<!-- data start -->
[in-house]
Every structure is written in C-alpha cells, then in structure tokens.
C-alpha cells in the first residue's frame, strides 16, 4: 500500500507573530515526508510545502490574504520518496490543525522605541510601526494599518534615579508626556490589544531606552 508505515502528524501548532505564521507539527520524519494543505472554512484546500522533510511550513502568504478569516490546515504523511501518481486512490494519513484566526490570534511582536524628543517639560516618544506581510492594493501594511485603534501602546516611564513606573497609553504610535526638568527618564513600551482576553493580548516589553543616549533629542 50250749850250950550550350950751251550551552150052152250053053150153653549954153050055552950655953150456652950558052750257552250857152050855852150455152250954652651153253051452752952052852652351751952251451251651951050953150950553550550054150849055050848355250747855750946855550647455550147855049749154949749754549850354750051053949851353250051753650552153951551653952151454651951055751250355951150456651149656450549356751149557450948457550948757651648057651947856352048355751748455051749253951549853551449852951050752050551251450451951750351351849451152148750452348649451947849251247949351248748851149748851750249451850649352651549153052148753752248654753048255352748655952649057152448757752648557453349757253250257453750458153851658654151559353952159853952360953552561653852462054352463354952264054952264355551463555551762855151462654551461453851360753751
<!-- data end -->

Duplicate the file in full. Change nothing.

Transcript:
[in-house]
Every structure is written in C-alpha cells, then in structure tokens.
C-alpha cells in the first residue's frame, strides 16, 4: 500500500507573530515526508510545502490574504520518496490543525522605541510601526494599518534615579508626556490589544531606552 508505515502528524501548532505564521507539527520524519494543505472554512484546500522533510511550513502568504478569516490546515504523511501518481486512490494519513484566526490570534511582536524628543517639560516618544506581510492594493501594511485603534501602546516611564513606573497609553504610535526638568527618564513600551482576553493580548516589553543616549533629542 50250749850250950550550350950751251550551552150052152250053053150153653549954153050055552950655953150456652950558052750257552250857152050855852150455152250954652651153253051452752952052852652351751952251451251651951050953150950553550550054150849055050848355250747855750946855550647455550147855049749154949749754549850354750051053949851353250051753650552153951551653952151454651951055751250355951150456651149656450549356751149557450948457550948757651648057651947856352048355751748455051749253951549853551449852951050752050551251450451951750351351849451152148750452348649451947849251247949351248748851149748851750249451850649352651549153052148753752248654753048255352748655952649057152448757752648557453349757253250257453750458153851658654151559353952159853952360953552561653852462054352463354952264054952264355551463555551762855151462654551461453851360753751